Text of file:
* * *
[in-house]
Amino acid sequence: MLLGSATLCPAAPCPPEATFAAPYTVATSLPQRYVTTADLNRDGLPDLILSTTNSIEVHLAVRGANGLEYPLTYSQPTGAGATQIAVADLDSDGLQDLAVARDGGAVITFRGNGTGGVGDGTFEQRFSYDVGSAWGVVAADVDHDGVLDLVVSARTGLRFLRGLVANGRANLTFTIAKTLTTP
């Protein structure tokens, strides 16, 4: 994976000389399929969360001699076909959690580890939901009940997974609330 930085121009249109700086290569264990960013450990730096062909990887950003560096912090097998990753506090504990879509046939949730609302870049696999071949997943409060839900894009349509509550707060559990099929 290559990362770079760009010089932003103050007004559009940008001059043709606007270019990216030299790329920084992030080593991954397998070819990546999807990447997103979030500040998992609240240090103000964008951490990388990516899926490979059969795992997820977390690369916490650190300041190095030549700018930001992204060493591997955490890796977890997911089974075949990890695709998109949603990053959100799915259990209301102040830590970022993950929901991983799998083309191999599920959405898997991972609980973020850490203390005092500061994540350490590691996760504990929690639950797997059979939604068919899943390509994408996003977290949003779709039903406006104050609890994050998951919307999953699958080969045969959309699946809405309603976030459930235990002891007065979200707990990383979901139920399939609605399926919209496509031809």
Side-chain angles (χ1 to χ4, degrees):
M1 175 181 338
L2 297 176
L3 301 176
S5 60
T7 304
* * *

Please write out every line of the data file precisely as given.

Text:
[in-house]
Amino acid sequence: MLLGSATLCPAAPCPPEATFAAPYTVATSLPQRYVTTADLNRDGLPDLILSTTNSIEVHLAVRGANGLEYPLTYSQPTGAGATQIAVADLDSDGLQDLAVARDGGAVITFRGNGTGGVGDGTFEQRFSYDVGSAWGVVAADVDHDGVLDLVVSARTGLRFLRGLVANGRANLTFTIAKTLTTP
């Protein structure tokens, strides 16, 4: 994976000389399929969360001699076909959690580890939901009940997974609330 930085121009249109700086290569264990960013450990730096062909990887950003560096912090097998990753506090504990879509046939949730609302870049696999071949997943409060839900894009349509509550707060559990099929 290559990362770079760009010089932003103050007004559009940008001059043709606007270019990216030299790329920084992030080593991954397998070819990546999807990447997103979030500040998992609240240090103000964008951490990388990516899926490979059969795992997820977390690369916490650190300041190095030549700018930001992204060493591997955490890796977890997911089974075949990890695709998109949603990053959100799915259990209301102040830590970022993950929901991983799998083309191999599920959405898997991972609980973020850490203390005092500061994540350490590691996760504990929690639950797997059979939604068919899943390509994408996003977290949003779709039903406006104050609890994050998951919307999953699958080969045969959309699946809405309603976030459930235990002891007065979200707990990383979901139920399939609605399926919209496509031809």
Side-chain angles (χ1 to χ4, degrees):
M1 175 181 338
L2 297 176
L3 301 176
S5 60
T7 304